June 29, 2016 – Serenity Prayer and Perfectionism

Rev. Jeff Gannon
On Sunday, I ran out of time during my sermon to tell you about the complete Serenity Prayer. Reinhold Niebuhr, a German theologian who taught at Union Seminary in America is actually the author of the prayer. He rarely gets credit but Rev. Niebuhr never complained to my knowledge. As the saying goes, “God will do great things through the person who doesn’t care who gets the credit.


My good friend in ministry Pete Scazerro has time to do a lot of writing and reflecting. So, here is something he shared with me recently. I was convicted by the truth of what he wrote and trust you will be as well.

You Know You are a Perfectionist When…

Pursuing excellence is a good thing. Perfectionism is not.

Perfectionism, that refusal to accept a standard short of perfection, is the shadow side of excellence – undermining the best of who we are, limiting our ability to love, and damaging our leadership of others.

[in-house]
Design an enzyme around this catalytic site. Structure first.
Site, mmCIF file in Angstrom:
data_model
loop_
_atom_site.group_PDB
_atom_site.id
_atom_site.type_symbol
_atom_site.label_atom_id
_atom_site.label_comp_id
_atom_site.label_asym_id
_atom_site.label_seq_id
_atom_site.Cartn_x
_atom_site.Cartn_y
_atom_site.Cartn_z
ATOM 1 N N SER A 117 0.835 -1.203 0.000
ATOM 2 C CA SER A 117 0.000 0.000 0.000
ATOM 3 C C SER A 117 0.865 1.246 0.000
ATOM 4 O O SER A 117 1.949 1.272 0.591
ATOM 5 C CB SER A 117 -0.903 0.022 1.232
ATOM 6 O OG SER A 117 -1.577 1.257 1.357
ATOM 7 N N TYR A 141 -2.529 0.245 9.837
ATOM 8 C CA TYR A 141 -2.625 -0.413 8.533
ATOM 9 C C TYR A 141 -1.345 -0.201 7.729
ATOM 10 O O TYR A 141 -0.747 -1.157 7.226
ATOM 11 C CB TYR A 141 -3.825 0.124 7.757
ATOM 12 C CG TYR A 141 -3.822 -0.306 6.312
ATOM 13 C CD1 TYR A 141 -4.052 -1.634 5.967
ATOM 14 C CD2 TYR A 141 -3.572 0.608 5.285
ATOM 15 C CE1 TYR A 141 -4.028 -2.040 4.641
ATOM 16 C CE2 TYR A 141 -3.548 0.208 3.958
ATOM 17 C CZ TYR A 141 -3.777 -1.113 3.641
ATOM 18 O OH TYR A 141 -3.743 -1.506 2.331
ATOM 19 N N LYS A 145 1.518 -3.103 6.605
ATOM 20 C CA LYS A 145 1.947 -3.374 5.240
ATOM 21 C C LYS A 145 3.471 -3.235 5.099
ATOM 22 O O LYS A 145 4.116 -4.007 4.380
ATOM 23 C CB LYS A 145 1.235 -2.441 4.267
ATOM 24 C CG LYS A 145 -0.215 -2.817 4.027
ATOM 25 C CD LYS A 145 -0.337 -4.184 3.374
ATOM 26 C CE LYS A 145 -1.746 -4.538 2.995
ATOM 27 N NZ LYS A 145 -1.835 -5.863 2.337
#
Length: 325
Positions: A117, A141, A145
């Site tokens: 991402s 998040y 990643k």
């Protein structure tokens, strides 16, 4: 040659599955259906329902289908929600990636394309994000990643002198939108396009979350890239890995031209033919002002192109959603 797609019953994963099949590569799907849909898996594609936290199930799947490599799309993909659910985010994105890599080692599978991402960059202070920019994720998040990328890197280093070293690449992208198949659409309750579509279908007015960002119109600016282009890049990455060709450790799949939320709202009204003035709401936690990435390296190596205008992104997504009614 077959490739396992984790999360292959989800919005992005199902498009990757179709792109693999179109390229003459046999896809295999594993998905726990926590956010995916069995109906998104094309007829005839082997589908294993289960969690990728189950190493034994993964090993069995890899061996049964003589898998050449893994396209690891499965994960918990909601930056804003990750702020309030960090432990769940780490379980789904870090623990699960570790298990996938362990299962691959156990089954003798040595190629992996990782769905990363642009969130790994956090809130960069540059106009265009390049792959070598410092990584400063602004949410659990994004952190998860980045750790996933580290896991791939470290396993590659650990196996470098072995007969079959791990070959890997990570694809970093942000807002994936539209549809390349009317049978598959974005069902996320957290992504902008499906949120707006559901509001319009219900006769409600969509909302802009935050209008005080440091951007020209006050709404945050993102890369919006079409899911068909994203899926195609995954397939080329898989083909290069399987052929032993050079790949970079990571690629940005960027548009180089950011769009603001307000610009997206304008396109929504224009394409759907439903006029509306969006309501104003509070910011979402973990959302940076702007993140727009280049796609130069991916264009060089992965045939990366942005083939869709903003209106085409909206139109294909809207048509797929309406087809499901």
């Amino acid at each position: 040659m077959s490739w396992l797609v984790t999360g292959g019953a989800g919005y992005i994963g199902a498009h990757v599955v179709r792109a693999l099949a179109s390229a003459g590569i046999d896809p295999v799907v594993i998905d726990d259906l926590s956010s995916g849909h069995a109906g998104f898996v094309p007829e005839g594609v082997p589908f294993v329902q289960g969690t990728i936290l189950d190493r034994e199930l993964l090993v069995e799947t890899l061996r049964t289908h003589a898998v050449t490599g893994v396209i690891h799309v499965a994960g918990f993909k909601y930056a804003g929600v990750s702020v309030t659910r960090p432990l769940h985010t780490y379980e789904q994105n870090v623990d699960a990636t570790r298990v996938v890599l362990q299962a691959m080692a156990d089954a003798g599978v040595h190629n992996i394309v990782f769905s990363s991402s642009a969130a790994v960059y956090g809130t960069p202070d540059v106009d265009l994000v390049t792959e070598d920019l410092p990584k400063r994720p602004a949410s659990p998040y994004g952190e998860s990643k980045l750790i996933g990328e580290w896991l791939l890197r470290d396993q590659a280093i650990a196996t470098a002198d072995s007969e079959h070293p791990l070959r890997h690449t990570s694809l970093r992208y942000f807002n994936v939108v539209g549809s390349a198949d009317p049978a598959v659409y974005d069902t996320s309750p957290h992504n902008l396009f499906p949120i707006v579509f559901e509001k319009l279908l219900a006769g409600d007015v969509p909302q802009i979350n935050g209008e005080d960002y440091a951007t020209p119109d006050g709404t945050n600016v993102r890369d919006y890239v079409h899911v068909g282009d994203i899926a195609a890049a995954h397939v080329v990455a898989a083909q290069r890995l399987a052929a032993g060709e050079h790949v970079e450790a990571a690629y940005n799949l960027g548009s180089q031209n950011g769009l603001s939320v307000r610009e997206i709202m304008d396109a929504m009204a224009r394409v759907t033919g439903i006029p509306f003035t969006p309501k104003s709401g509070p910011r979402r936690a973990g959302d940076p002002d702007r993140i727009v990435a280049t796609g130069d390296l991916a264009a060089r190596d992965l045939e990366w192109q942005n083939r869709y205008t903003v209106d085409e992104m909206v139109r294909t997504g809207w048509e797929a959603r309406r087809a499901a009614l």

How do I know? I know perfectionism so well in myself. Part of what makes us human is our imperfections and mistakes. Only God is perfect.

At times I wonder if the church, in our desire to reach the world for Jesus, has hired a Pharaoh of perfectionism to help us. Sadly, many of us don’t need an external slave driver. We carry our own internal Pharaoh who drives us not to accept flaws and blemishes in our performance.

The following are my top 10 signs that God uses to stop me when I fall into the sin of perfectionism:

  1. I am anxious – a lot.
  2. I am impatient with the mistakes of others, and even more impatient with myself.
  3. I reach my goals and I am still not content.
  4. I overfunction, doing for others what they can and should do for themselves.
  5. I rarely play, relax, or laugh with my co-workers and team.
  6. I am treating people as an “It” (i.e. a means to an end) and not a “Thou” (i.e. unrepeatable human beings).
  7. I am not spending time being still before the Lord and letting things go.
  8. I forget to be thankful for the small victories and progress.
  9. I spend more time thinking about excellence in sermons, programs, etc. than trusting in Jesus’ abundance.
  10. I fail to remind myself regularly: God is God and I am not. It is human to make mistakes.

Which of these stands out most to you? What might you add for your own list?

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